For Keyport award winner, it's about the kids

The Naval Undersea Warfare Center Keyport gives out truckloads of accolades to employees every year.

Private contractors working at the base frequently often are awarded for their work within a team, but for the first time in recent memory a contractor has been given an individual award.

John Hudson, a logistics specialist with BAE Systems, was the second awardee of the Don Lennon Award for Service to Others.

The award, named for a former Keyport chief steward, recognizes individuals who have made outstanding humanitarian contributions to the workplace or community, enhanced employee morale and demonstrated leadership. Winners are selected by the base’s awards panel.

Hudson was chosen for the award for his work mentoring students at North Kitsap High School, volunteering with the American Diabetes Association, coaching youth football and basketball, tutoring students at West Hills Elementary School and serving as a court-appointed special advocate for the state Juvenile Court.

“I recently read a letter a young man sent to him — one whom had been troubled thru school — and which John mentored,” wrote Valerie Lyons, who works with Hudson, in nominating him for the award. “This young man had graduated from high school and was on his way to college. It was a very moving letter, in which he gave John all the credit for his success.”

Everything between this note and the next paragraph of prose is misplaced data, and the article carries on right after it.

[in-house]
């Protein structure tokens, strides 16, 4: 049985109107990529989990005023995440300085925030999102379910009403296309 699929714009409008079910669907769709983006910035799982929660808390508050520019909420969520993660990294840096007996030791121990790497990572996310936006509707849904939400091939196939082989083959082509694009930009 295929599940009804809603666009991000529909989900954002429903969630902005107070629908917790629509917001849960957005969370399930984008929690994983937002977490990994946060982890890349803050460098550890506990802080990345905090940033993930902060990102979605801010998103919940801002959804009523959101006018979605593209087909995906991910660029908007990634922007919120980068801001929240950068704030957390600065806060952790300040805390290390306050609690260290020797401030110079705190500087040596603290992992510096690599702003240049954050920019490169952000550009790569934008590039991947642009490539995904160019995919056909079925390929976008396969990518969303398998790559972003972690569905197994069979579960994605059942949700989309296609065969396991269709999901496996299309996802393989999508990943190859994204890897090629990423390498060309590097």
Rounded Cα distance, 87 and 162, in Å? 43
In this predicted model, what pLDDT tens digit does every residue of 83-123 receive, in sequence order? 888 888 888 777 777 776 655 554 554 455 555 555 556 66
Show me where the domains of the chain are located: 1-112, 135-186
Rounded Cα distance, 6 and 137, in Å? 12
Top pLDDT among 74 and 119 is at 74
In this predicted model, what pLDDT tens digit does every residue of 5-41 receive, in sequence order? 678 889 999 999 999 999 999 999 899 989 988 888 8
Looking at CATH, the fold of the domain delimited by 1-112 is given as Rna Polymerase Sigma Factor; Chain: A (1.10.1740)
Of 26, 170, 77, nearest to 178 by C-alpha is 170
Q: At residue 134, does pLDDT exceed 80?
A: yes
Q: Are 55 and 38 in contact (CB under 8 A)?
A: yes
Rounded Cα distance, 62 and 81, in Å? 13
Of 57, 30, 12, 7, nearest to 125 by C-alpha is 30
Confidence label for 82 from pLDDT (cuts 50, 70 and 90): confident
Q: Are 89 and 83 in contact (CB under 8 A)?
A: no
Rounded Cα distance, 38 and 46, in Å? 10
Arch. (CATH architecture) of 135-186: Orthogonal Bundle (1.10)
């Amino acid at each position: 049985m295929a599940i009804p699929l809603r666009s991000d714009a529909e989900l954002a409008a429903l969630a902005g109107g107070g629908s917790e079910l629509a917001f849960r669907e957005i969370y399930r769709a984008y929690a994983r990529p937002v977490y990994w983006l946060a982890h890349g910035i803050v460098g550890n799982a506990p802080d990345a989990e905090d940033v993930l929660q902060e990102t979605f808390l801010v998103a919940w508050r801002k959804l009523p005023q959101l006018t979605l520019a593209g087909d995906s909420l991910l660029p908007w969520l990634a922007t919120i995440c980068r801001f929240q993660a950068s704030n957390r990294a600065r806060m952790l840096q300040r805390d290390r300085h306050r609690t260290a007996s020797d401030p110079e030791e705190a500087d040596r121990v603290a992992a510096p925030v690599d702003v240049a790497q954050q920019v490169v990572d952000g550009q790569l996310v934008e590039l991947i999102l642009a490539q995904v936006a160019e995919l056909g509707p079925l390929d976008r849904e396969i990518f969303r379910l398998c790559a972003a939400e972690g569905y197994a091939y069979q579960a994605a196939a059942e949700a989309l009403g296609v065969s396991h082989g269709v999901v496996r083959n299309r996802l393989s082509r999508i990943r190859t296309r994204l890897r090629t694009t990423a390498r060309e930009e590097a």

Lyons wrote that Hudson also promotes equal opportunity employment at Keyport and is involved with several other base-sponsored activities.

“It’s all because of my background,” Hudson said of his volunteer work. “I was raised by my mom that way back in Chicago. There was nobody to help me, so I vowed that when I got older that I would help kids.”

Due to a snafu, nobody told him to be at the Naval Undersea Museum auditorium Nov. 29 to receive his honor.

“It was a breakdown in communications,” said Hudson, who has worked at Keyport for 11 years. “Valerie Lyons told me that I didn’t get an award so I didn’t go.”

Hudson later received his award from Keyport commander Capt. Mary Townsend-Manning during a private ceremony.

“Being a contractor at Keyport is really a challenge,” Lyons said, adding that contractors are ineligible for cash rewards. “My boss said it was unlikely that any contractor could get an award.”

Lyons is the technical associate who oversees Hudson’s contract.

“Valerie sits right next to me and she knows how much work I do with the kids,” he said.

BAE Systems honored Hudson with its own monetary reward and a certificate lauding his achievements, according to Denny Scovern, the company’s director of operations.

“This is the first time I’ve known of (an individual contractor getting an award) and I’ve been here 25 years,” Scovern said. “John is well-recognized and well-respected not only by our company, but by Keyport as well.”

Hudson thanked his wife and daughter for allowing him to go out and help “other people’s kids.”

Hudson said he recently completed his bachelor’s degree and has served in the Naval Reserve at Whidbey Island Naval Air Station for 17 years.

“I think he’s an amazing person,” Lyons said. “So many of us want to do what he does but there never seems the time to do it. I don’t know how he finds the time to do it. He’s just remarkable.”

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